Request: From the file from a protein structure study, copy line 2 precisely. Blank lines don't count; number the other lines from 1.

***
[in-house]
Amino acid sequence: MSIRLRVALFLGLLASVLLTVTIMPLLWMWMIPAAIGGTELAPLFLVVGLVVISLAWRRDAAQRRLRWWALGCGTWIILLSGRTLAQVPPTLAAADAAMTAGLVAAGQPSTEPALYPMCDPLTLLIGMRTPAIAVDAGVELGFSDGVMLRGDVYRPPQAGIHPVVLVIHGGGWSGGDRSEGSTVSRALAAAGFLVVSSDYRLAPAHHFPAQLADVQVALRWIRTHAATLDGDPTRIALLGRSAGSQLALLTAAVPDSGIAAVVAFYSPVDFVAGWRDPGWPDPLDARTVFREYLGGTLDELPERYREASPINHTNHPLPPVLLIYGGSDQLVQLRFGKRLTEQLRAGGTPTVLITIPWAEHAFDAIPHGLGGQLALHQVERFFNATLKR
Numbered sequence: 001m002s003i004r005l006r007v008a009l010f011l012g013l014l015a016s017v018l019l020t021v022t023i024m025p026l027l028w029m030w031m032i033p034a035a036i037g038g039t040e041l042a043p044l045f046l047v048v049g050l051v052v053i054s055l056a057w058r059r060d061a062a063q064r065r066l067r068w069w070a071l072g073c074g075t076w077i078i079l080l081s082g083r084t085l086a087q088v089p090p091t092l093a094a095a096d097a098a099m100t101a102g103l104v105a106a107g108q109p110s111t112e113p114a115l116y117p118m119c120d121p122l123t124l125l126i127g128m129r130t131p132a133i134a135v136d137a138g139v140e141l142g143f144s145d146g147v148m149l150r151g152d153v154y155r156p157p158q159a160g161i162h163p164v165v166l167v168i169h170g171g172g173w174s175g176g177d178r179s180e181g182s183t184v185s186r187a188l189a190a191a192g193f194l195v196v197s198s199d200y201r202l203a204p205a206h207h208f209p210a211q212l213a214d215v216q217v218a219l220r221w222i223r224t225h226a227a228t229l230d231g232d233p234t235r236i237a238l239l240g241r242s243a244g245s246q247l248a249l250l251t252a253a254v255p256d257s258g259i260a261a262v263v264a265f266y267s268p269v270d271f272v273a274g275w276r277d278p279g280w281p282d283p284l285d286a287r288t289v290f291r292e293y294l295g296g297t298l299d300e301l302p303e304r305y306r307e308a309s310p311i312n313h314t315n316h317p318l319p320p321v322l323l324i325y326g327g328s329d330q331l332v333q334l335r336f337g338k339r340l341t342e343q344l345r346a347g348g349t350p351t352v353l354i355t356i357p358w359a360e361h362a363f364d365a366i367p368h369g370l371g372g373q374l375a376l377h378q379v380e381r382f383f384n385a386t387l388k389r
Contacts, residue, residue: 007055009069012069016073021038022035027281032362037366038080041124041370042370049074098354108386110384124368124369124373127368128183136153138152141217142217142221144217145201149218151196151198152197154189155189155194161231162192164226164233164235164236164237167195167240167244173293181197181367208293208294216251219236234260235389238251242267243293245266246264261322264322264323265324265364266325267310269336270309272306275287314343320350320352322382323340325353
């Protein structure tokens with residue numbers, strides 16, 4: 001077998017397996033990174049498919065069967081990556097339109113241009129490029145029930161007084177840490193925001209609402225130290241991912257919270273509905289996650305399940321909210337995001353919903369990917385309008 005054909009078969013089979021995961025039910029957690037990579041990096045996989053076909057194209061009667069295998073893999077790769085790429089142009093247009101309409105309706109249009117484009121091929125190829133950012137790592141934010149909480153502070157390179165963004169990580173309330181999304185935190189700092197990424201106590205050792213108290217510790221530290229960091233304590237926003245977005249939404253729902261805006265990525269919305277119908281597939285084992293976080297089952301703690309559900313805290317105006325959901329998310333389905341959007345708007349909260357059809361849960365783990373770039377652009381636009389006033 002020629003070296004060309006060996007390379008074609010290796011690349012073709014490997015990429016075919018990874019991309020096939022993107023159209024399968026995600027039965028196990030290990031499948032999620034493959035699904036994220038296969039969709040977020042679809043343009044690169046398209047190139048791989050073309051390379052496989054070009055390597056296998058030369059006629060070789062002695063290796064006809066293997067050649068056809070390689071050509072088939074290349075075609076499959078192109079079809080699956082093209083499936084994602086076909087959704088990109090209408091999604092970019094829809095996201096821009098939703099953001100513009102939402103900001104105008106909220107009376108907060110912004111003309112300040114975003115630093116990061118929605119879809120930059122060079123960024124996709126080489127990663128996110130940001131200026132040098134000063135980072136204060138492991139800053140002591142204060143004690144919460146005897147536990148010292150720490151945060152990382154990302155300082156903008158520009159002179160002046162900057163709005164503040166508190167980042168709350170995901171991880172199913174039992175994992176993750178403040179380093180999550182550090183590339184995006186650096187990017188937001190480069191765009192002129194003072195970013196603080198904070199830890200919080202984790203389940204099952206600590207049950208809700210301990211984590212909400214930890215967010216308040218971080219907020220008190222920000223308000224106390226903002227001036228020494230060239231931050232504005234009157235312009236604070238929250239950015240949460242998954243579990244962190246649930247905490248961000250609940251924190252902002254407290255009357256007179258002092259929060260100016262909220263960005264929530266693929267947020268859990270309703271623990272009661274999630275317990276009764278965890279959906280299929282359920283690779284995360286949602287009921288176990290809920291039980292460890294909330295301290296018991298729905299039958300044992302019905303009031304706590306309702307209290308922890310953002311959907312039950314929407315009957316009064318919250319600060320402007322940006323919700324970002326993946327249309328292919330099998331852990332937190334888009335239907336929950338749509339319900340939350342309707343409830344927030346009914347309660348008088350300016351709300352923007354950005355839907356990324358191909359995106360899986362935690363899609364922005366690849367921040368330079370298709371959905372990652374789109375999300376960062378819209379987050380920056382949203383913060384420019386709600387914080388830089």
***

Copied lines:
Amino acid sequence: MSIRLRVALFLGLLASVLLTVTIMPLLWMWMIPAAIGGTELAPLFLVVGLVVISLAWRRDAAQRRLRWWALGCGTWIILLSGRTLAQVPPTLAAADAAMTAGLVAAGQPSTEPALYPMCDPLTLLIGMRTPAIAVDAGVELGFSDGVMLRGDVYRPPQAGIHPVVLVIHGGGWSGGDRSEGSTVSRALAAAGFLVVSSDYRLAPAHHFPAQLADVQVALRWIRTHAATLDGDPTRIALLGRSAGSQLALLTAAVPDSGIAAVVAFYSPVDFVAGWRDPGWPDPLDARTVFREYLGGTLDELPERYREASPINHTNHPLPPVLLIYGGSDQLVQLRFGKRLTEQLRAGGTPTVLITIPWAEHAFDAIPHGLGGQLALHQVERFFNATLKR